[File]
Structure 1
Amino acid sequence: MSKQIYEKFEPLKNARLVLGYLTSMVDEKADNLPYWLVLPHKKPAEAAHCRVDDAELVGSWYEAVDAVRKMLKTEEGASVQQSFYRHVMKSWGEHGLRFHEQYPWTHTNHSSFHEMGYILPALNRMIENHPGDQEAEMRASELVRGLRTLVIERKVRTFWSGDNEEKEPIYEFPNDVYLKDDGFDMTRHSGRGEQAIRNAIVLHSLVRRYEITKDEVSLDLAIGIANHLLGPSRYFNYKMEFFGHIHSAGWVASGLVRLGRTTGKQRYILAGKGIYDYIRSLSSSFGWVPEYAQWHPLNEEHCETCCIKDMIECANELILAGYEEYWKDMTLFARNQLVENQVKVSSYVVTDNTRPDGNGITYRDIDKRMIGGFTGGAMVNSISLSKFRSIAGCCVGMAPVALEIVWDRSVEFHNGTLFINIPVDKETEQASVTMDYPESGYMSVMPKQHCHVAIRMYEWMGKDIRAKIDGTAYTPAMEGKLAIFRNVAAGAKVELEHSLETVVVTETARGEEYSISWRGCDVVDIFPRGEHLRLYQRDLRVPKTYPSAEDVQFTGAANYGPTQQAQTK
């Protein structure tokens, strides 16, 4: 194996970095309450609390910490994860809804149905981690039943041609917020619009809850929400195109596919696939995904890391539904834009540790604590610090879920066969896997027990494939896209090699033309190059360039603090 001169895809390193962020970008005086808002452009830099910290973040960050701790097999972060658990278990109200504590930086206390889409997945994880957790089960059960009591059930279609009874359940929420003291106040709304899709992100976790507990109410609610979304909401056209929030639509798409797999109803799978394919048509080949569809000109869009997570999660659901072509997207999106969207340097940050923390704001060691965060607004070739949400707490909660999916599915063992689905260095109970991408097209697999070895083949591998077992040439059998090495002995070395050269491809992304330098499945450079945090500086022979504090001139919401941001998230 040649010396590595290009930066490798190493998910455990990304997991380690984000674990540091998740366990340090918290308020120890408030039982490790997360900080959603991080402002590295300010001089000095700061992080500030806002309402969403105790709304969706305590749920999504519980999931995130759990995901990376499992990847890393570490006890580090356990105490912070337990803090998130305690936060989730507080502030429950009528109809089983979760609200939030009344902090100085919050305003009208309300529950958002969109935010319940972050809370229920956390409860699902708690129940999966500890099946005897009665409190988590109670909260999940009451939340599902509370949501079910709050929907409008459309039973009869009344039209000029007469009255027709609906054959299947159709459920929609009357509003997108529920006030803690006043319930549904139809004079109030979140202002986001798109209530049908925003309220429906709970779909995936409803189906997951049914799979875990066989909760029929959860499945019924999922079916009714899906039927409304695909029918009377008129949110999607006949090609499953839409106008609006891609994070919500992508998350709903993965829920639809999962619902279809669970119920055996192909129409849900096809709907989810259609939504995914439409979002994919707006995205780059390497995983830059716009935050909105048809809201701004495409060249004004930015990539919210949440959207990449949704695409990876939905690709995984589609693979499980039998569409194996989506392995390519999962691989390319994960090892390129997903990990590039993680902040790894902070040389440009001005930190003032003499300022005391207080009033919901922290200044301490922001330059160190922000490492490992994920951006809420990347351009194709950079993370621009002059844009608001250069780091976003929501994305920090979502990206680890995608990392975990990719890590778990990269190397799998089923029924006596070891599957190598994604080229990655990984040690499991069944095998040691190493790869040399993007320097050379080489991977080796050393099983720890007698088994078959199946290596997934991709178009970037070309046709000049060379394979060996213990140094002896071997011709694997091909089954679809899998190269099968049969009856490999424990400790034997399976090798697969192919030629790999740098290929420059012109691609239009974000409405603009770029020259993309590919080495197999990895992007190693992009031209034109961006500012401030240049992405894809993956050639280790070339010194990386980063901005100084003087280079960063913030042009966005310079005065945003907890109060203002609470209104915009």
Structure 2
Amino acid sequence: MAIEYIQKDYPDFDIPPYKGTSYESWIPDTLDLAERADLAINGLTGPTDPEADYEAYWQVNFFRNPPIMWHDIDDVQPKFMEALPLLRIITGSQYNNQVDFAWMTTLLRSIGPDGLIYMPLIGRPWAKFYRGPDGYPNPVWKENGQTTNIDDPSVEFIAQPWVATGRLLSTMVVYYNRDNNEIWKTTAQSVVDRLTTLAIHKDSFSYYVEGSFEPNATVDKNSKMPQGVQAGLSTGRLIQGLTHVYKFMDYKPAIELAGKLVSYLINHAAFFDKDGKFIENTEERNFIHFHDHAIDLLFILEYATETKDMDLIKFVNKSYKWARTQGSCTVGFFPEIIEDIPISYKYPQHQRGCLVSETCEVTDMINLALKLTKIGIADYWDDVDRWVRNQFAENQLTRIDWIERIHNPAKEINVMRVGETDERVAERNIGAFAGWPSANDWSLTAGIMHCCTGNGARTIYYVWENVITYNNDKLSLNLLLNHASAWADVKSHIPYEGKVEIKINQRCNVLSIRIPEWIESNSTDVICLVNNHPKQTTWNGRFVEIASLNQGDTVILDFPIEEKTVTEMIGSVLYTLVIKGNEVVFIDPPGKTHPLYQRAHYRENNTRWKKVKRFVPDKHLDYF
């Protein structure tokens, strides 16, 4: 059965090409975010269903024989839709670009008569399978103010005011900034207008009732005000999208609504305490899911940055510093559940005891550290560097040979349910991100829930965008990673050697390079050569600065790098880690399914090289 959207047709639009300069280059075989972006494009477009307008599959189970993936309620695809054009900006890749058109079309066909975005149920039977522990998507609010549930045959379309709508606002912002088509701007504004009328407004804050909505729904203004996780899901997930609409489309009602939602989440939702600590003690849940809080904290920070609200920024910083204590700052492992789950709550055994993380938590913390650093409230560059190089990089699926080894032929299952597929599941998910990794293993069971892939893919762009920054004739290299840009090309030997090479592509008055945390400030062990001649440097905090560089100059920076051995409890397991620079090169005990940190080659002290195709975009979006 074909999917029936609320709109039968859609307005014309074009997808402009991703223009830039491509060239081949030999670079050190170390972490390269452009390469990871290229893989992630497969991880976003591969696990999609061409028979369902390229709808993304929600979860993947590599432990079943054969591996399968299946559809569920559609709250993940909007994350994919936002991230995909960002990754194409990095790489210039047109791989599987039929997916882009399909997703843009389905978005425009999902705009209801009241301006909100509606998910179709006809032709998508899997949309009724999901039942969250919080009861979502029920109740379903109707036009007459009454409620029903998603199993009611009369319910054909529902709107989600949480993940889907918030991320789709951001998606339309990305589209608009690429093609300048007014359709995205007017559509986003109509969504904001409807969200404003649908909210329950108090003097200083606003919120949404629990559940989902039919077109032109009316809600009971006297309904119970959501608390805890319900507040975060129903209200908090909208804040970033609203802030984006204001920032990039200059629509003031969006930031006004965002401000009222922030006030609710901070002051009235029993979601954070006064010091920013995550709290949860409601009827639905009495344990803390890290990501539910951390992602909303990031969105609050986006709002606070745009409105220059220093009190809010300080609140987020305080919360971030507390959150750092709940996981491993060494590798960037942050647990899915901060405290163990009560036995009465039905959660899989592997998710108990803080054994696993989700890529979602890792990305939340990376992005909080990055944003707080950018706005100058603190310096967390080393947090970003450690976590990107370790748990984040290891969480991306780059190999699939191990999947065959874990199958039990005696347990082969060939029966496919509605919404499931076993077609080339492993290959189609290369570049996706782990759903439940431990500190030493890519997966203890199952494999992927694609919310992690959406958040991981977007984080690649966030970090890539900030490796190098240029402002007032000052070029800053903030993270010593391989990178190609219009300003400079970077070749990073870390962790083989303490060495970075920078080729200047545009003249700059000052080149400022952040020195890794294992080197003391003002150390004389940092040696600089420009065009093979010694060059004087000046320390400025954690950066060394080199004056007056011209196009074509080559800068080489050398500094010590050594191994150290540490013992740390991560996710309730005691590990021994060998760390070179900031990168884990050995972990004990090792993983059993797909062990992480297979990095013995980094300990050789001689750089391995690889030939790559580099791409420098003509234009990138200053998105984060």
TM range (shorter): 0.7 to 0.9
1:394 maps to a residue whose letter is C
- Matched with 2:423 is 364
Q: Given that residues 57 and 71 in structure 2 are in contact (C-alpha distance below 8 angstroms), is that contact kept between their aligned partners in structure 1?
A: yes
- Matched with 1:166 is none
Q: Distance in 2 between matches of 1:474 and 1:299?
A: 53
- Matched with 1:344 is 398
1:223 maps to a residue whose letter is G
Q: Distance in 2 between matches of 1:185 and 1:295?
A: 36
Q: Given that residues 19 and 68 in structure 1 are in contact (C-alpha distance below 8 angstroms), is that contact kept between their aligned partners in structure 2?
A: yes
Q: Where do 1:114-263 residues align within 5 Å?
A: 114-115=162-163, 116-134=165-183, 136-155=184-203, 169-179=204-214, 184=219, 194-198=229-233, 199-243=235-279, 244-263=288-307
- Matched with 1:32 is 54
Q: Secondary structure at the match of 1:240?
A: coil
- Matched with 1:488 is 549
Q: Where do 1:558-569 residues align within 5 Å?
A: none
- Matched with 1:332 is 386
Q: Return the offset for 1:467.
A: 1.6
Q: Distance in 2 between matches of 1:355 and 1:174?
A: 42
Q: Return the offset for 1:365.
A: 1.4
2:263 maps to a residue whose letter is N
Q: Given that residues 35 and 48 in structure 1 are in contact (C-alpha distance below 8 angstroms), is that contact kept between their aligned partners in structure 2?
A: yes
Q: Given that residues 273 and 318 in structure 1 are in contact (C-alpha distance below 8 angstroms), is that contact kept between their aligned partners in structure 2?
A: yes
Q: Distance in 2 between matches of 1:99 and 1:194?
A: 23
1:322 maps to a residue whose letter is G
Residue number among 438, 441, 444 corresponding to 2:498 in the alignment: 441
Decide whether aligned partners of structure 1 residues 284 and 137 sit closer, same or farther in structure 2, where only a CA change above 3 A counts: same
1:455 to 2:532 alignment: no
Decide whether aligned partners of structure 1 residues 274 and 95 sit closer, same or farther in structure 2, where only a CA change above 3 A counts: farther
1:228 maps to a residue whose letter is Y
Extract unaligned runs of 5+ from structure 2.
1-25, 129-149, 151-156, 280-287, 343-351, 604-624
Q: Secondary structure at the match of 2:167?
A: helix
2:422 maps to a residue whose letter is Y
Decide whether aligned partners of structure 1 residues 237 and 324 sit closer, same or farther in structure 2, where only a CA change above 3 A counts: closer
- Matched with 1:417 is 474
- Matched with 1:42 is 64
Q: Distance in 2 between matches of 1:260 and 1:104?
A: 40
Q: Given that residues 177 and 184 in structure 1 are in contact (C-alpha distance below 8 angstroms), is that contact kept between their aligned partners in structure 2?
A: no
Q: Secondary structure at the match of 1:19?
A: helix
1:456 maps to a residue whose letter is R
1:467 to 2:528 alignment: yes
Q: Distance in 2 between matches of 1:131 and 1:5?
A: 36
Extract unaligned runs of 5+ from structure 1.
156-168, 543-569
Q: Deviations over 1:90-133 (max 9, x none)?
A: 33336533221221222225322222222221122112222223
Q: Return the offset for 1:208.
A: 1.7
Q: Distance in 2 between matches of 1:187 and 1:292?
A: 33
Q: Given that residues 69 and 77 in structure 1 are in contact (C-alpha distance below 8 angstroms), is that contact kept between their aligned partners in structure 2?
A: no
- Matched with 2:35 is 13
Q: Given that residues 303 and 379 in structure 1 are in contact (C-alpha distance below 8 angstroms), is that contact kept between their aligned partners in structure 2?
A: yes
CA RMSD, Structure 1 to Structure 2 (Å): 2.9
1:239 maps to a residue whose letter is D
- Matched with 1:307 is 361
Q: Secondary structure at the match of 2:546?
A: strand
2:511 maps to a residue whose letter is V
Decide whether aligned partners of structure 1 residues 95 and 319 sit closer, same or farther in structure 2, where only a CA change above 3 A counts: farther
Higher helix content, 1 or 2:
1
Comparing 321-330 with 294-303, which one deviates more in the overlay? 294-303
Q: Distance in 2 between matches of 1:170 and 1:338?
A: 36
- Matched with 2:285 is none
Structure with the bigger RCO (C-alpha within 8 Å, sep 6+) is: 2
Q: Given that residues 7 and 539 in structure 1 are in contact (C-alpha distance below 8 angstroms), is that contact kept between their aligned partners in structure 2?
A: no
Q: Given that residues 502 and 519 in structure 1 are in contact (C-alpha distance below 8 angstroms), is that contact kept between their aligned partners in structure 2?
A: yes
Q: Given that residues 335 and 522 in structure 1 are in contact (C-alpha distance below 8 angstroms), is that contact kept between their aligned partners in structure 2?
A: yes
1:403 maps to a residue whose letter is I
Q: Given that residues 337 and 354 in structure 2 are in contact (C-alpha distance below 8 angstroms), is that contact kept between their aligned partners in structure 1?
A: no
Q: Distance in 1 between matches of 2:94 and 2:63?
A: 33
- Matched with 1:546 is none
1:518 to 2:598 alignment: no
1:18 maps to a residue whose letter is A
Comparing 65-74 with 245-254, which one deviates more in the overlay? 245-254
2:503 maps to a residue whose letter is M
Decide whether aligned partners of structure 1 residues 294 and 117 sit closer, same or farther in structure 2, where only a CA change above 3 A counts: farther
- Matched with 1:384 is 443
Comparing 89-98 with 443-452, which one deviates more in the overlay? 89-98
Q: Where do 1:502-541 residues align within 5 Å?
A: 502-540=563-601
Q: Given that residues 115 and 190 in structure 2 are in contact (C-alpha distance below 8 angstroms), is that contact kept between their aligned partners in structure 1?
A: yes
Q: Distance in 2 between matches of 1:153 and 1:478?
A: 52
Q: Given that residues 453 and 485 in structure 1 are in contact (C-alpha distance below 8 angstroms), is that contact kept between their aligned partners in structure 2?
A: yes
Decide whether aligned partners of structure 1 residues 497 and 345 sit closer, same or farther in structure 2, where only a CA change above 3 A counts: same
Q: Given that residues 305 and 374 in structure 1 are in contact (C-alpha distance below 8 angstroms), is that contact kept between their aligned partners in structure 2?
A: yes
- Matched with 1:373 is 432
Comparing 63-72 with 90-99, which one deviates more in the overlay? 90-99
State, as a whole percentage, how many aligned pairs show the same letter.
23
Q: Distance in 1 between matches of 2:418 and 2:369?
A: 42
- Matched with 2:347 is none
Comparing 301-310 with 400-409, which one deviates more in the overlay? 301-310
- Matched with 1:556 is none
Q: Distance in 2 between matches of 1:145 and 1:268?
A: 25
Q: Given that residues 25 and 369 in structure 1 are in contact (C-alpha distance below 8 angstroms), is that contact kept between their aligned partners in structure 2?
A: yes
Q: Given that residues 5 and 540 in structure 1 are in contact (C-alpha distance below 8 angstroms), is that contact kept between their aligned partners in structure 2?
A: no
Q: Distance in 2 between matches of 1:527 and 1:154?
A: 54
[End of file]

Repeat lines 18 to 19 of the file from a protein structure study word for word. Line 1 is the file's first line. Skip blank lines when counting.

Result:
A: 36
Q: Given that residues 19 and 68 in structure 1 are in contact (C-alpha distance below 8 angstroms), is that contact kept between their aligned partners in structure 2?